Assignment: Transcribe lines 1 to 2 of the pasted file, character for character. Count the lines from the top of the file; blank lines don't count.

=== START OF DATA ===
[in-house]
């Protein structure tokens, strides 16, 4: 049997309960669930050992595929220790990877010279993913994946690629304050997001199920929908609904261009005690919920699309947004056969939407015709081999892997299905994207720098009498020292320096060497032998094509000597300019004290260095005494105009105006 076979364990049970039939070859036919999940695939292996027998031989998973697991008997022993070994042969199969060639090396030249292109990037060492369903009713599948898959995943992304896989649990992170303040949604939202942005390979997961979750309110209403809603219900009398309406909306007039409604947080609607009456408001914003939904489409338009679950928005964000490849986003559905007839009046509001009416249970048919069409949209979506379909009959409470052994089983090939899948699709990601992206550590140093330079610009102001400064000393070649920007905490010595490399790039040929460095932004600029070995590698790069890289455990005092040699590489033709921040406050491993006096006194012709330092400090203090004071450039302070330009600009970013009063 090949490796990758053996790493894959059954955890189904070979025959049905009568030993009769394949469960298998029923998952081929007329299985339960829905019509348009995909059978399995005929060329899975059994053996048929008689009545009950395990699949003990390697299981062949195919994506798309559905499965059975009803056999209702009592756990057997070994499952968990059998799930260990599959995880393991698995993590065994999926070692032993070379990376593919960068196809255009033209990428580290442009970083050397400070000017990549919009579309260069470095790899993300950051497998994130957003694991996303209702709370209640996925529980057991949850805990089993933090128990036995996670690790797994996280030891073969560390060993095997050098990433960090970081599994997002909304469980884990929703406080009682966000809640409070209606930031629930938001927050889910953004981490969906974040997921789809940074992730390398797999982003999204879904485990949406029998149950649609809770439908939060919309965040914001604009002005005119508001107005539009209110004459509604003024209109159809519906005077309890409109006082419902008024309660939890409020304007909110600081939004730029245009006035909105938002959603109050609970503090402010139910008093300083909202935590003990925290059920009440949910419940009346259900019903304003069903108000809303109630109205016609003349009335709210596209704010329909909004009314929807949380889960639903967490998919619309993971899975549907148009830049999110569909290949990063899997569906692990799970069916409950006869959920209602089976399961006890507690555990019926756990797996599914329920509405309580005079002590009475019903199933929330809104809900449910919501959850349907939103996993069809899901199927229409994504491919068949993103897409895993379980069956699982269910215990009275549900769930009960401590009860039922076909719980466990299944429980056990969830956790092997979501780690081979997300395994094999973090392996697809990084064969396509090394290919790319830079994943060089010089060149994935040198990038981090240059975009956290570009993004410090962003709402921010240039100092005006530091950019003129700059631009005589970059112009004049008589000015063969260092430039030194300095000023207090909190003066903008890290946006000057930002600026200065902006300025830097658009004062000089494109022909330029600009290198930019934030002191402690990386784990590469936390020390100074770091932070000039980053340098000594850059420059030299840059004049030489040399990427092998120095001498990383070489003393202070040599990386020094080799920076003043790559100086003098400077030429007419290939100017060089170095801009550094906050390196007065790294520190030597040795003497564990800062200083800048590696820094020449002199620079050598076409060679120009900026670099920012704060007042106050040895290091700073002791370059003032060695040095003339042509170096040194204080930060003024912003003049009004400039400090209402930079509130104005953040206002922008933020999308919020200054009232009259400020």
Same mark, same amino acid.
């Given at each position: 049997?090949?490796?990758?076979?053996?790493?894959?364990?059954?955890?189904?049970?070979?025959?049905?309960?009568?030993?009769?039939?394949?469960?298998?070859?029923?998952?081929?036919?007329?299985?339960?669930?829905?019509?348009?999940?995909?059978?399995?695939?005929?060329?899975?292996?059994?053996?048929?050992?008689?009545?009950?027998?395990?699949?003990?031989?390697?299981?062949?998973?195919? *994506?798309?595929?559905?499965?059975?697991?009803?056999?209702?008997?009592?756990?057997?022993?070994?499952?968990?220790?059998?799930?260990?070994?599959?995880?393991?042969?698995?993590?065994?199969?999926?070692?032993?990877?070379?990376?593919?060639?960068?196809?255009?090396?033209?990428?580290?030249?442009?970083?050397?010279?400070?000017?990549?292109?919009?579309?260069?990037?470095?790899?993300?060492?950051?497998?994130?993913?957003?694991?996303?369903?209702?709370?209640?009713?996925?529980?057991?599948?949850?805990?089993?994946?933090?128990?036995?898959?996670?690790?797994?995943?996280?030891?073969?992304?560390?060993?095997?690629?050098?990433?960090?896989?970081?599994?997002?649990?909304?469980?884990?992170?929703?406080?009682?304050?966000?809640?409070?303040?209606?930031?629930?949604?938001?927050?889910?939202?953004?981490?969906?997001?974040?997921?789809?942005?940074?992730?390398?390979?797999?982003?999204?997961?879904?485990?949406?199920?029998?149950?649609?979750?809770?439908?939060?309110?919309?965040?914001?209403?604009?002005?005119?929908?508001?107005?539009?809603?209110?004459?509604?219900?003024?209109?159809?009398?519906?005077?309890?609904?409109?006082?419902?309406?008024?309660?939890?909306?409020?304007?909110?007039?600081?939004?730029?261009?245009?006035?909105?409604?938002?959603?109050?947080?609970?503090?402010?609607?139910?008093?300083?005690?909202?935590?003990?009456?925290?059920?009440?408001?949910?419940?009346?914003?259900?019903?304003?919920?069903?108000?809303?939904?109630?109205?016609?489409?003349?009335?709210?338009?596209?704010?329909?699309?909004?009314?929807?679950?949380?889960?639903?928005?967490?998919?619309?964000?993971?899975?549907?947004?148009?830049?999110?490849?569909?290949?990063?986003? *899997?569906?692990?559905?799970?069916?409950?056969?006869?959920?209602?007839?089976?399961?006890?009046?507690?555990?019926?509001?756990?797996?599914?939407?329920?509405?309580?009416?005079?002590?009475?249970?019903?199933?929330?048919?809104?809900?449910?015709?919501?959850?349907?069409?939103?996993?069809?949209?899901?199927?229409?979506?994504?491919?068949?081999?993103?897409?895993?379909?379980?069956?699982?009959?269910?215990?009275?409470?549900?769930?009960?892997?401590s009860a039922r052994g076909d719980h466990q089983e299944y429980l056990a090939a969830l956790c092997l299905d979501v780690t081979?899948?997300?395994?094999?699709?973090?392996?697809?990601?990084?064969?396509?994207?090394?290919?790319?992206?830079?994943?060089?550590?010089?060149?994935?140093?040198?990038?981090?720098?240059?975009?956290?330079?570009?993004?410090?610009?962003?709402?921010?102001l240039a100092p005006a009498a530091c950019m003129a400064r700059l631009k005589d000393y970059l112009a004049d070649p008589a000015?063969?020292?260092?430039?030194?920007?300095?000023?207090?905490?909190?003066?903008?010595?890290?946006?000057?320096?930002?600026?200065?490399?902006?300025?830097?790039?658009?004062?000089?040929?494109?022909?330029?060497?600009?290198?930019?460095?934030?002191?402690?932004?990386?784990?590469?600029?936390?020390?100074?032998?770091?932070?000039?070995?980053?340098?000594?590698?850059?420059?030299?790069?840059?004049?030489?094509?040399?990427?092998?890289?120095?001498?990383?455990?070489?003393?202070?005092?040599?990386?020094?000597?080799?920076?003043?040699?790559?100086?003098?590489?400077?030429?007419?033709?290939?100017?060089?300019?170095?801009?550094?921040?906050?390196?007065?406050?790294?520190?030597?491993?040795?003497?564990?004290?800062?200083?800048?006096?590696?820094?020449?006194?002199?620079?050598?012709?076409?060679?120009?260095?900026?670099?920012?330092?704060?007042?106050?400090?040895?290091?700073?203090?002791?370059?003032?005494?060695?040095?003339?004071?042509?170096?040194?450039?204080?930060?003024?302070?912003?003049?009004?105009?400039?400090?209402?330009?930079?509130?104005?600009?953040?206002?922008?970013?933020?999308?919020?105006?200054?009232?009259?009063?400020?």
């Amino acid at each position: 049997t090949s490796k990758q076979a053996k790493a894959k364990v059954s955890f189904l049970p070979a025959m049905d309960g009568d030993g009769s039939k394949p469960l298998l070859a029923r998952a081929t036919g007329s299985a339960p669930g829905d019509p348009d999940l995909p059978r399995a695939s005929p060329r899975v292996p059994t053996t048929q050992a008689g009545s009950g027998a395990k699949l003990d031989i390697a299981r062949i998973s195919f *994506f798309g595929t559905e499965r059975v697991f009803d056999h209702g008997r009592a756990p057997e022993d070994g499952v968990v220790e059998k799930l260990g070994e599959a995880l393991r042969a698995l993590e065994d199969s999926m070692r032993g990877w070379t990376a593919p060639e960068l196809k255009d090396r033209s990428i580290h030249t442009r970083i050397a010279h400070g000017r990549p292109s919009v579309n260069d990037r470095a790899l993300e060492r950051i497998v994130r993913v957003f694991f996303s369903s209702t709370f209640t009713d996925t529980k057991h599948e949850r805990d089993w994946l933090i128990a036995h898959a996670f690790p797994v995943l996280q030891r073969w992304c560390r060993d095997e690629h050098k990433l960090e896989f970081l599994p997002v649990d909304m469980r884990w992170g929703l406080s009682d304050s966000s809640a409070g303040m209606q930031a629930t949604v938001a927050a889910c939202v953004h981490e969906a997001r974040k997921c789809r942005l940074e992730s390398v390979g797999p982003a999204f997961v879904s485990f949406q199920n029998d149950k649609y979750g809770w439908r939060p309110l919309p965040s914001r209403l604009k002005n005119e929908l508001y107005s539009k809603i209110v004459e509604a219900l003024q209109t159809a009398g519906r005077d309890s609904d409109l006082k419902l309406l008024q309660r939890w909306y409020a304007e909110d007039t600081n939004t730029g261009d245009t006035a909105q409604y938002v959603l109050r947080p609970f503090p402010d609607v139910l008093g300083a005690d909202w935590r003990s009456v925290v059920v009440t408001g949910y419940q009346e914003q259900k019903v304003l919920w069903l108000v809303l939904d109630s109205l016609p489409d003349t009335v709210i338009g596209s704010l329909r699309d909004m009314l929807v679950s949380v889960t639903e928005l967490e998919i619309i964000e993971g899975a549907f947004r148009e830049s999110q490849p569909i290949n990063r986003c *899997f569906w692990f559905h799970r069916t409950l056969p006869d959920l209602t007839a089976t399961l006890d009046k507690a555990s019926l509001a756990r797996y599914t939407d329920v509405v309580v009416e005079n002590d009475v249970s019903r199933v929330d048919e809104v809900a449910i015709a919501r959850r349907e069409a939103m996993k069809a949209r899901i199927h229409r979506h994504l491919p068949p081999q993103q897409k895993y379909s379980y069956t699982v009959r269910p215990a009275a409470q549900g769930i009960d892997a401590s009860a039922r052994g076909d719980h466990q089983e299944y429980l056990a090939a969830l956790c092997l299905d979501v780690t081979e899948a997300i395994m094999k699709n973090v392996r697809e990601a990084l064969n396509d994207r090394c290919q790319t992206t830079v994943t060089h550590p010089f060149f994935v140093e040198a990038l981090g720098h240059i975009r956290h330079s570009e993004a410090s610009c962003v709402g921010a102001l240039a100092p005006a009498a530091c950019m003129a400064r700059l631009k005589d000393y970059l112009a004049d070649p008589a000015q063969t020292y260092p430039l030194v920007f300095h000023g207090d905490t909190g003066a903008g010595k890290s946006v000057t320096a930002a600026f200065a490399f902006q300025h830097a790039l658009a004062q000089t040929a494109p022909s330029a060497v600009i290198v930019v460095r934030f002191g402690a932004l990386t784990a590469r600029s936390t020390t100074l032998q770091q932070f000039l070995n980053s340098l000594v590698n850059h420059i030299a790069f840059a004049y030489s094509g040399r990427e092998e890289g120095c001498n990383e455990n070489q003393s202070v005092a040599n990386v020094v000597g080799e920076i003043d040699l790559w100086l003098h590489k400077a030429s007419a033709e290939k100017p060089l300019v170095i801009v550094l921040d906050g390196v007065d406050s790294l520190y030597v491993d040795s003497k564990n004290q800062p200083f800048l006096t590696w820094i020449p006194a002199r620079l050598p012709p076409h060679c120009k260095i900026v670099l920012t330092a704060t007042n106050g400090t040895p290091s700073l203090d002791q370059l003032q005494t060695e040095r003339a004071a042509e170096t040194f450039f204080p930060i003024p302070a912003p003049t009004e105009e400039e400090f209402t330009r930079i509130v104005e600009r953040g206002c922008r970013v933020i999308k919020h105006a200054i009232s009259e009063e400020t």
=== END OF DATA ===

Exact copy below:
[in-house]
């Protein structure tokens, strides 16, 4: 049997309960669930050992595929220790990877010279993913994946690629304050997001199920929908609904261009005690919920699309947004056969939407015709081999892997299905994207720098009498020292320096060497032998094509000597300019004290260095005494105009105006 076979364990049970039939070859036919999940695939292996027998031989998973697991008997022993070994042969199969060639090396030249292109990037060492369903009713599948898959995943992304896989649990992170303040949604939202942005390979997961979750309110209403809603219900009398309406909306007039409604947080609607009456408001914003939904489409338009679950928005964000490849986003559905007839009046509001009416249970048919069409949209979506379909009959409470052994089983090939899948699709990601992206550590140093330079610009102001400064000393070649920007905490010595490399790039040929460095932004600029070995590698790069890289455990005092040699590489033709921040406050491993006096006194012709330092400090203090004071450039302070330009600009970013009063 090949490796990758053996790493894959059954955890189904070979025959049905009568030993009769394949469960298998029923998952081929007329299985339960829905019509348009995909059978399995005929060329899975059994053996048929008689009545009950395990699949003990390697299981062949195919994506798309559905499965059975009803056999209702009592756990057997070994499952968990059998799930260990599959995880393991698995993590065994999926070692032993070379990376593919960068196809255009033209990428580290442009970083050397400070000017990549919009579309260069470095790899993300950051497998994130957003694991996303209702709370209640996925529980057991949850805990089993933090128990036995996670690790797994996280030891073969560390060993095997050098990433960090970081599994997002909304469980884990929703406080009682966000809640409070209606930031629930938001927050889910953004981490969906974040997921789809940074992730390398797999982003999204879904485990949406029998149950649609809770439908939060919309965040914001604009002005005119508001107005539009209110004459509604003024209109159809519906005077309890409109006082419902008024309660939890409020304007909110600081939004730029245009006035909105938002959603109050609970503090402010139910008093300083909202935590003990925290059920009440949910419940009346259900019903304003069903108000809303109630109205016609003349009335709210596209704010329909909004009314929807949380889960639903967490998919619309993971899975549907148009830049999110569909290949990063899997569906692990799970069916409950006869959920209602089976399961006890507690555990019926756990797996599914329920509405309580005079002590009475019903199933929330809104809900449910919501959850349907939103996993069809899901199927229409994504491919068949993103897409895993379980069956699982269910215990009275549900769930009960401590009860039922076909719980466990299944429980056990969830956790092997979501780690081979997300395994094999973090392996697809990084064969396509090394290919790319830079994943060089010089060149994935040198990038981090240059975009956290570009993004410090962003709402921010240039100092005006530091950019003129700059631009005589970059112009004049008589000015063969260092430039030194300095000023207090909190003066903008890290946006000057930002600026200065902006300025830097658009004062000089494109022909330029600009290198930019934030002191402690990386784990590469936390020390100074770091932070000039980053340098000594850059420059030299840059004049030489040399990427092998120095001498990383070489003393202070040599990386020094080799920076003043790559100086003098400077030429007419290939100017060089170095801009550094906050390196007065790294520190030597040795003497564990800062200083800048590696820094020449002199620079050598076409060679120009900026670099920012704060007042106050040895290091700073002791370059003032060695040095003339042509170096040194204080930060003024912003003049009004400039400090209402930079509130104005953040206002922008933020999308919020200054009232009259400020």